With the recent launch of L’Oreal’s smart hairbrush, it is clear that the beauty industry is tapping into the internet of things (also known as IoT) and embracing connected devices.
Offering the chance to create an enhanced and interactive user experience, could this technology be the next big thing to infiltrate the beauty world?
Here’s a bit more on how brands are getting involved.
Development of augmented reality
Before we get onto connected devices, it’s worth noting that it’s not the first strand of new technology within the beauty industry. Augmented reality has also been a big trend, with the likes of Urban Decay creating their own AR apps to give consumers a chance to pre-test products.
L’Oreal Paris is another successful example. Its AR-powered beauty app, Make Up Genius, turns iPhone screens into mirrors to over-lay make-up onto the user’s face.
It might sound like a gimmick or Pokemon Go-style fad for beauty fans, but with over 11m downloads, the app has proven to be a great success.
By giving users the ability to try and test products before they buy, it offers greater value for consumers, solving common problems like finding the right shade or type of foundation. What’s more, it also gives consumers the opportunity to get expert or professional advice, resulting in a far more personal and customised experience all-round.
Due to the app’s popularity, it’s been suggested that Make Up Genius technology could soon be integrated into household devices like bathroom mirrors.
This is where the internet of things comes into play, with the opportunity for beauty and healthcare brands to expand their presence into homes and everyday personal care routines.
With the arrival of L’Oreal’s smart brush – this concept doesn’t sound too farfetched.
Connectivity to enhance customer experiences
By using sensory technology, L’Oreal’s smart brush aims to help consumers improve their haircare. It tells users about specific texture or moisture and alerts them when they are brushing too hard.
Essentially, it is a connected device that is designed to give the user greater levels of control and expertise.
With a price point of around $200, the brush (which is due to launch mid-2017) certainly doesn’t come cheap. The question is – will consumers be willing to pay just as much for a beauty device as they would a smartphone?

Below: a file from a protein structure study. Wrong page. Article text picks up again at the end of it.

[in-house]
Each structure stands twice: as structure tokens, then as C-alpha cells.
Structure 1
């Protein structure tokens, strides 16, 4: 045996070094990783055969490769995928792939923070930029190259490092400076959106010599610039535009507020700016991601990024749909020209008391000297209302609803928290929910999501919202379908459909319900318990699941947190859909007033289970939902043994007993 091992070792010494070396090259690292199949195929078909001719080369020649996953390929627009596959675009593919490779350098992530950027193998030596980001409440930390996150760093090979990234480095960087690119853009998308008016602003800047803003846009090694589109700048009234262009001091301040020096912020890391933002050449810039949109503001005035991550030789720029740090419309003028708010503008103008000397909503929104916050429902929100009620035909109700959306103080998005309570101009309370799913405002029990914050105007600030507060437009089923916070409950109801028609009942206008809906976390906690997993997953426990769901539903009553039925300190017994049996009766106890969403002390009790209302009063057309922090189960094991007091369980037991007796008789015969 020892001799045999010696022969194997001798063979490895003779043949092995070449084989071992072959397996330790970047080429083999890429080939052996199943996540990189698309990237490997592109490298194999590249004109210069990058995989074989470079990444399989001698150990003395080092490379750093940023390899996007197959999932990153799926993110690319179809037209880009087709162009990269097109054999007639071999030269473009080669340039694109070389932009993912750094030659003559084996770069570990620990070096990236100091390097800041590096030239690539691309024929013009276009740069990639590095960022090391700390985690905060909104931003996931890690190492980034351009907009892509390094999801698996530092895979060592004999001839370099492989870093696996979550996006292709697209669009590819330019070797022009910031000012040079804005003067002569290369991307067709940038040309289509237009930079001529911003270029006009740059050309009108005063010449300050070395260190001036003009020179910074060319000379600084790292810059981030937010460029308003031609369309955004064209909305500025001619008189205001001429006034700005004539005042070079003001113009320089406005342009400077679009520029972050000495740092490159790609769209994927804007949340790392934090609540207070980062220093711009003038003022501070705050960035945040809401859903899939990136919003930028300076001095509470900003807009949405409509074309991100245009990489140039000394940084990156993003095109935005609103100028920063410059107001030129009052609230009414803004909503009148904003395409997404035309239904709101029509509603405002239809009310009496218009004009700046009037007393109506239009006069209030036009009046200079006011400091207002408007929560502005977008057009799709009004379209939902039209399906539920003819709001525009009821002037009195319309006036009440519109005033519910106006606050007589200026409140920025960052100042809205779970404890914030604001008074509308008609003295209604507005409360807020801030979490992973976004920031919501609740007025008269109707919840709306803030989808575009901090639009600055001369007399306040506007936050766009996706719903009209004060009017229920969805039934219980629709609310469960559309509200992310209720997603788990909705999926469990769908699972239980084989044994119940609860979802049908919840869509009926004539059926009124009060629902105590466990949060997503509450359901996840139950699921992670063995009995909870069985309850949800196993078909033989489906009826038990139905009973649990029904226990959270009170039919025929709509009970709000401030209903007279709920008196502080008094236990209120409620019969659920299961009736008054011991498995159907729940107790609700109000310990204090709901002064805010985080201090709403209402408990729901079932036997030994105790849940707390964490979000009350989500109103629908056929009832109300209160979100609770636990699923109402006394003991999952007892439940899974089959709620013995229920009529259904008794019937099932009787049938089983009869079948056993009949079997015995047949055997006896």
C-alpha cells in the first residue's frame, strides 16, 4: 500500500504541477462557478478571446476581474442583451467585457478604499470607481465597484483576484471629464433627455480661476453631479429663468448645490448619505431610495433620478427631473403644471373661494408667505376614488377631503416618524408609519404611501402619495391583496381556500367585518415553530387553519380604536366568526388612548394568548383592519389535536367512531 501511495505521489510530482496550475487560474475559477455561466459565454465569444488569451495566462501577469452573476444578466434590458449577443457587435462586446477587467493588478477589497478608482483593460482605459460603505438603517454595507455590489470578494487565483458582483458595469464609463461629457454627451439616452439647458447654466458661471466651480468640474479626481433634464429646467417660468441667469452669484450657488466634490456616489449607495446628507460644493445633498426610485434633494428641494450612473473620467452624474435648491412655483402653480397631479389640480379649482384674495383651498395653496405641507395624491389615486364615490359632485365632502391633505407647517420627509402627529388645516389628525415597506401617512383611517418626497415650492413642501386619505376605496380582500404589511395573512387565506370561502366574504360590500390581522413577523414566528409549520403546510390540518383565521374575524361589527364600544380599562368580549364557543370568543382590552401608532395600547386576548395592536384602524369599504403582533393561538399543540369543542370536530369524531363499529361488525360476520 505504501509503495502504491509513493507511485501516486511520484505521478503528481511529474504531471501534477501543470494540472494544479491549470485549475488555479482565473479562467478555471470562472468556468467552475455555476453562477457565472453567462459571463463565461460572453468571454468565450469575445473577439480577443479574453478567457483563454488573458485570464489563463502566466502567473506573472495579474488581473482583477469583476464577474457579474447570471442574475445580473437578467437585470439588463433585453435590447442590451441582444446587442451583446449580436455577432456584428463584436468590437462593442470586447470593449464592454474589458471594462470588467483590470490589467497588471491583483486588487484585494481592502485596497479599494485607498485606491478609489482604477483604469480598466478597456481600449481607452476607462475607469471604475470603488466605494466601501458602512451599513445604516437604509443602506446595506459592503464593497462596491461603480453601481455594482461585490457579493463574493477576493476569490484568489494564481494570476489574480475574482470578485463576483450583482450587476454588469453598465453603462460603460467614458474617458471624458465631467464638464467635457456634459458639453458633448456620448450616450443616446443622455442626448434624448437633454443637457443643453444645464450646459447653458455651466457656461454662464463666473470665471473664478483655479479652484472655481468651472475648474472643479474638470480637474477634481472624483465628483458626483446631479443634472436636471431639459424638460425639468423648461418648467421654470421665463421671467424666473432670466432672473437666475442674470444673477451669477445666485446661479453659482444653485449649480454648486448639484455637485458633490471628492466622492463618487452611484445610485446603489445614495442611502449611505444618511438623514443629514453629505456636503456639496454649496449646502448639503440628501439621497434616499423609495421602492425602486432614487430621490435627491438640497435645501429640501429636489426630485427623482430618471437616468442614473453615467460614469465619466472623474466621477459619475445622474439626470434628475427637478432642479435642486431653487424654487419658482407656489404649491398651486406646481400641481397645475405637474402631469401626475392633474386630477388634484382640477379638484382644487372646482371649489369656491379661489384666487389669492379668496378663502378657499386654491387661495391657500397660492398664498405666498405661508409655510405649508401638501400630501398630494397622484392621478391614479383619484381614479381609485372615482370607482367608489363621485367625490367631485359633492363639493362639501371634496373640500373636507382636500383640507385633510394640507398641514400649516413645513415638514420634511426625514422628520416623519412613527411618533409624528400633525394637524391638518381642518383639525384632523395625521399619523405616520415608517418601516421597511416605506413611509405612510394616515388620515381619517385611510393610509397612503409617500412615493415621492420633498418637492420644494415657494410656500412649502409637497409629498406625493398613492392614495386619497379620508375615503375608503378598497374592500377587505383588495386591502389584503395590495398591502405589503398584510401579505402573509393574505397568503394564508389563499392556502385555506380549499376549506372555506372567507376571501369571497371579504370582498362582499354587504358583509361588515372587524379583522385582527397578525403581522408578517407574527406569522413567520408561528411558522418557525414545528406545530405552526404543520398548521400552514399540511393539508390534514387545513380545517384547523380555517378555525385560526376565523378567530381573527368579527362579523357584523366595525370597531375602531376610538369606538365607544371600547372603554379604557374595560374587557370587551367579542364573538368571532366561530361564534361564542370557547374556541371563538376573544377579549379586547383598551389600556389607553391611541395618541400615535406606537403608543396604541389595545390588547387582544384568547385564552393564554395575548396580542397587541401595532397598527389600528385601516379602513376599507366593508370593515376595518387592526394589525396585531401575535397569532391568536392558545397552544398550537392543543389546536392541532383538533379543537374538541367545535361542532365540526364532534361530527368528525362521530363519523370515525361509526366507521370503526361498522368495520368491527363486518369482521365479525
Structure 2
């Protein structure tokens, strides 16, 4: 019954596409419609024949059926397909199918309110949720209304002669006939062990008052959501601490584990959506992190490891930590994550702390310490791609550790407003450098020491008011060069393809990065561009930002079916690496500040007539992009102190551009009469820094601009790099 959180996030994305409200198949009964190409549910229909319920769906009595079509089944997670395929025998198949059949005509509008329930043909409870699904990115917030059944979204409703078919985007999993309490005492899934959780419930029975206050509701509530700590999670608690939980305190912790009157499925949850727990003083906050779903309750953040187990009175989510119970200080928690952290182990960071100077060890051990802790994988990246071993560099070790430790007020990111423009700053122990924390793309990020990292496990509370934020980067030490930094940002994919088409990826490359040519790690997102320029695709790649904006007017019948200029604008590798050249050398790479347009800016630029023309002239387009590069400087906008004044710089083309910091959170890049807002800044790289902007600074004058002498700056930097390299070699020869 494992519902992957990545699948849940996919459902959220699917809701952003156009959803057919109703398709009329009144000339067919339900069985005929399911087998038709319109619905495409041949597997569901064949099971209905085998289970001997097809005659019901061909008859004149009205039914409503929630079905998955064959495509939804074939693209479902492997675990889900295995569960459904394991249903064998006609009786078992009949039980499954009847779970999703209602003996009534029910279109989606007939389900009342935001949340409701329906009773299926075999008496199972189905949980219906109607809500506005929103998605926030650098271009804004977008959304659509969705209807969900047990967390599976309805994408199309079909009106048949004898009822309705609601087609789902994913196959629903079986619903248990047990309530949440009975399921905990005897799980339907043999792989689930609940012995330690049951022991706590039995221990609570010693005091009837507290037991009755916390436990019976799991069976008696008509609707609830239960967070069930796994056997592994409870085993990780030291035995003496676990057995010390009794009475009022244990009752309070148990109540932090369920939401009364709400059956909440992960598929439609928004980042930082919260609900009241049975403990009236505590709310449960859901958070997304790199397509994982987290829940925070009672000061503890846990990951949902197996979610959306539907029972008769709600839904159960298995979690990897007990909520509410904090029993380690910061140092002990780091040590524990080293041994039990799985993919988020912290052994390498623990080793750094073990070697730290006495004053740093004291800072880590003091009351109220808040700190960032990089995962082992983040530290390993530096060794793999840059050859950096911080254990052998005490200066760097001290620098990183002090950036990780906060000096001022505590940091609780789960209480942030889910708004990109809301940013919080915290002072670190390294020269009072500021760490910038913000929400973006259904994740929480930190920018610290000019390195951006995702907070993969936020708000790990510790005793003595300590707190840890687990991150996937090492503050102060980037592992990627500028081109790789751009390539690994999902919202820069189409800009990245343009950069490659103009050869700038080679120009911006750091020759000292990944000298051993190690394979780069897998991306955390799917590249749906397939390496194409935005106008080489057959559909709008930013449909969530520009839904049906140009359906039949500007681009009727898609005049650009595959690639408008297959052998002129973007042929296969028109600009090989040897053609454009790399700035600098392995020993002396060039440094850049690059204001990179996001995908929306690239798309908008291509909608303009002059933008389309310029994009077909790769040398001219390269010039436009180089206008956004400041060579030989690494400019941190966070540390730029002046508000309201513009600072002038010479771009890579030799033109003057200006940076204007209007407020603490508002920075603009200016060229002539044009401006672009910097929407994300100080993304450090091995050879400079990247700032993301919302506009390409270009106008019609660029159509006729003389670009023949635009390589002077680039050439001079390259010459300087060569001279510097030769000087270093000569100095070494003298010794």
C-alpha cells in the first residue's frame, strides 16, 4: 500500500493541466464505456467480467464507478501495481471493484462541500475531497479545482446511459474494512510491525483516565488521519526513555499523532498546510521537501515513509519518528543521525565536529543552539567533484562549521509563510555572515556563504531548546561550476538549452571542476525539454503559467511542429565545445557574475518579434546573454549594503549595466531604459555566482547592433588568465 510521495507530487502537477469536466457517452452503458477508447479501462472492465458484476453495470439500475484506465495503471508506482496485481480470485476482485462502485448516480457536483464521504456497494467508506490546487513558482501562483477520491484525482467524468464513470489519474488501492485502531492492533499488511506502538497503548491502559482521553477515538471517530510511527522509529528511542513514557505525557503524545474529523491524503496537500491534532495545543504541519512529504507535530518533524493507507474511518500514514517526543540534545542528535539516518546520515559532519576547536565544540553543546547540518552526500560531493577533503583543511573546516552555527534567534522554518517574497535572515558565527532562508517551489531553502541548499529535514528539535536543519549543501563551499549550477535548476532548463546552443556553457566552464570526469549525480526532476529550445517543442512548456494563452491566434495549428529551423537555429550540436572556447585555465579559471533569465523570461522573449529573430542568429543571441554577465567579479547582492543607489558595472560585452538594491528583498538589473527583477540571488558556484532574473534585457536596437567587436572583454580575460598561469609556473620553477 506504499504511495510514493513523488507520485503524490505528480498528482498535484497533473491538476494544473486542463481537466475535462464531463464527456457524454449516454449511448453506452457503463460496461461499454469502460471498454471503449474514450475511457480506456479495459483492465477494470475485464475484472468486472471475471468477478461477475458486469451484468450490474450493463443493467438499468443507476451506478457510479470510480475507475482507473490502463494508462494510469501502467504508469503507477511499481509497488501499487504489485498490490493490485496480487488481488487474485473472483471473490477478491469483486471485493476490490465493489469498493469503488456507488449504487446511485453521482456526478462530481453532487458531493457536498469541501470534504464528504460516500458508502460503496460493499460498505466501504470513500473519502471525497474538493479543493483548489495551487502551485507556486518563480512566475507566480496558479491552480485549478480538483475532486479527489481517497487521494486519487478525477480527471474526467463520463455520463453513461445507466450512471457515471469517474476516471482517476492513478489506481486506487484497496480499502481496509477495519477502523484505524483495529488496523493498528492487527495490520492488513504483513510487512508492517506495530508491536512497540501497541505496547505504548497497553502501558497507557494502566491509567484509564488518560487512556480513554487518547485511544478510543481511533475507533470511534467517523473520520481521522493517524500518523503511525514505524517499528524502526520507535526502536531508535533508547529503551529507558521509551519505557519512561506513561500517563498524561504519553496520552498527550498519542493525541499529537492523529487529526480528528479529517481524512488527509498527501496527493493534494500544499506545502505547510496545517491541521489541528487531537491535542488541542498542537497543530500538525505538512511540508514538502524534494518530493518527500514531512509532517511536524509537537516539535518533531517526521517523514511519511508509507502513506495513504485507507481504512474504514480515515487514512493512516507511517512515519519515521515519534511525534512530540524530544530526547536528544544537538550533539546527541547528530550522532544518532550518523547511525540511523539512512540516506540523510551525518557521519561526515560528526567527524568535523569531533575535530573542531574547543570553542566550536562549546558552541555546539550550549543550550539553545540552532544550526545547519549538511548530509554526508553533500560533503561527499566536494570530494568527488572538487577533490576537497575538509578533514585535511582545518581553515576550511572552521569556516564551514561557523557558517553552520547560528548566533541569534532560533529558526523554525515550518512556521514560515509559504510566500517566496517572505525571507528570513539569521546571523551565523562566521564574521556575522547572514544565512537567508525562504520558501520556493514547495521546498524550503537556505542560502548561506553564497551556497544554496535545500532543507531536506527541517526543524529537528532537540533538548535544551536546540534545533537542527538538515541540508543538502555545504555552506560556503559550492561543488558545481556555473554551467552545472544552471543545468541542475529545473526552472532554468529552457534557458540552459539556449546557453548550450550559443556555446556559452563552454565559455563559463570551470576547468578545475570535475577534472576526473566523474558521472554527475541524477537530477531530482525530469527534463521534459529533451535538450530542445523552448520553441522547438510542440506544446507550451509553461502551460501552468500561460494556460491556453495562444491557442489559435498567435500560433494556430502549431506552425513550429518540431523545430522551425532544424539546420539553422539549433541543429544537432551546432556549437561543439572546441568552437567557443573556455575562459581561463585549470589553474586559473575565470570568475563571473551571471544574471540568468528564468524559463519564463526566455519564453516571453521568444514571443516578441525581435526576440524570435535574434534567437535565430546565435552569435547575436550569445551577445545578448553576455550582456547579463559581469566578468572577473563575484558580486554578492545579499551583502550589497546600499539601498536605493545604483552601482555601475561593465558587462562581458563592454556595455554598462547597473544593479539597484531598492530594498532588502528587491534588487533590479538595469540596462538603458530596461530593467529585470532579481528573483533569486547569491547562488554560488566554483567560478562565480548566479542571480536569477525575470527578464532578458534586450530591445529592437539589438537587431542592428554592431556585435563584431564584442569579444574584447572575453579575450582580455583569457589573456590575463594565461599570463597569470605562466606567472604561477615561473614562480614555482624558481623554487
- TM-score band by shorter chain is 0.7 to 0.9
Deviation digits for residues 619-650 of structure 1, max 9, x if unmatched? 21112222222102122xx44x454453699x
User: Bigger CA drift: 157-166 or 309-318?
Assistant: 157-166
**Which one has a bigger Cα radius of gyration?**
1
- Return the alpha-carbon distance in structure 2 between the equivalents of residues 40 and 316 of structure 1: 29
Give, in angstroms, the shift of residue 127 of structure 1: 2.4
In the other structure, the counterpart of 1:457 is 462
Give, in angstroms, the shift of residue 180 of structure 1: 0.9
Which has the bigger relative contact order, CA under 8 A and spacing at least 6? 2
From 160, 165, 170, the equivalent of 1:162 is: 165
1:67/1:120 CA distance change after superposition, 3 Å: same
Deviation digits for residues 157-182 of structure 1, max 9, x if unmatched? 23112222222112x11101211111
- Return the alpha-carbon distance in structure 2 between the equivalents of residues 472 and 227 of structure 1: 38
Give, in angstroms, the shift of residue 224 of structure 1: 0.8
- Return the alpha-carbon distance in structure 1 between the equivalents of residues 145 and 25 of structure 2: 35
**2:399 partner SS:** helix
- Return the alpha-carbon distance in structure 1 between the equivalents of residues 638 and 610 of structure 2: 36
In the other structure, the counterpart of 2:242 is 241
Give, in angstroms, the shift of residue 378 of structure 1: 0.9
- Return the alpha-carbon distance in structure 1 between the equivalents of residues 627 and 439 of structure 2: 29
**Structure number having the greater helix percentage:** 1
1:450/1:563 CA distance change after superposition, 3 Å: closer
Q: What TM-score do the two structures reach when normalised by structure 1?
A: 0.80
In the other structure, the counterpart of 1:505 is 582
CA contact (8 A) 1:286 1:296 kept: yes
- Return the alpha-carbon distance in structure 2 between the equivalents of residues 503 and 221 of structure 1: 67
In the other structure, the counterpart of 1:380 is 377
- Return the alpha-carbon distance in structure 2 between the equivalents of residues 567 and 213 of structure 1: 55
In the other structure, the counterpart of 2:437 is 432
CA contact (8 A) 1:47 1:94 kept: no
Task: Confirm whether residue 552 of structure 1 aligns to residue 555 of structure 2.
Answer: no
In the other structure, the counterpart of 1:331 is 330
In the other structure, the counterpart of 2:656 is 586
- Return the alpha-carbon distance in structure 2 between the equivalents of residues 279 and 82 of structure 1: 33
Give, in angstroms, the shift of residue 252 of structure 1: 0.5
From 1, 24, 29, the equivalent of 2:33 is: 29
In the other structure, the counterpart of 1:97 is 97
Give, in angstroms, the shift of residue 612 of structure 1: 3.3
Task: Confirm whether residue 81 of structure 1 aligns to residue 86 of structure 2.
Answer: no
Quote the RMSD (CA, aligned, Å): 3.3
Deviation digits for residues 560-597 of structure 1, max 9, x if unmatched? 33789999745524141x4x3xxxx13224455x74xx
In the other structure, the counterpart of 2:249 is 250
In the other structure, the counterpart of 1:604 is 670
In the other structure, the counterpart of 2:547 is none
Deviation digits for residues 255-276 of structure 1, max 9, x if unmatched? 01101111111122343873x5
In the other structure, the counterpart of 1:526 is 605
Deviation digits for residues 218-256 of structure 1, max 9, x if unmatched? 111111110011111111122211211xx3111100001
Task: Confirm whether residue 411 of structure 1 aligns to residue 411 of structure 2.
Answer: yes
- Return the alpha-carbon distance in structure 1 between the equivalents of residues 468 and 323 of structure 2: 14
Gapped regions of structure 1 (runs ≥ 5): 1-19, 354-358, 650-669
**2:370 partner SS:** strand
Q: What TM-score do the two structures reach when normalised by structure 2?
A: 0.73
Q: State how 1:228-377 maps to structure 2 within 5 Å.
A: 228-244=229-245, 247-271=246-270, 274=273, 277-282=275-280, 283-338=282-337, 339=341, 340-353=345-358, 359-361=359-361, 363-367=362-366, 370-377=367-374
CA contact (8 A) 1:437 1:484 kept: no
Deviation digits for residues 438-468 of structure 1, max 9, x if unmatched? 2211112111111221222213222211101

The beauty industry is clearly hoping that technology-minded consumers (and fans of luxury) will embrace it.
Of course, let’s not forget that electronic-based beauty has been overtaking manual processes for years, with everything from electric toothbrushes to face cleansing devices becoming more popular. Consequently, integrating connectivity-based features is an obvious next step.
As well as being electronically powered, devices like L’Oreal’s smart brush and Oral B’s connected toothbrush allow users to become well-informed – monitoring, tracking and measuring performance. It’s not about necessity, but about making life easier.
Plus, with beauty and skincare industries overlapping with health and well-being, we’re likely to see more connected devices geared around lifestyle habits and trends, ranging from sun exposure to even things like stress and pollution.
Benefits for brands
For brands, the ability to gain insight into customer behaviour is undoubtedly the biggest benefit of connected devices.
IoT technology lets companies like L’Oreal track exactly what their customers are buying and, in turn, re-target them for future purchases.
Instant feedback and opinion is also another valuable aspect, which is harder and slower to gather from online purchases. Meanwhile, IoT creates a much richer and more memorable experience for consumers, ultimately proving the value of their shared data.
— L’Oréal USA (@LOrealUSA) January 5, 2017
With the prediction that 25bn connected ‘things’ will be in use by 2020, many industries are beginning to realise the potential of IoT.
For the beauty industry, it presents the next opportunity to revolutionise the everyday routines of consumers, ramping up personalisation and increasing value.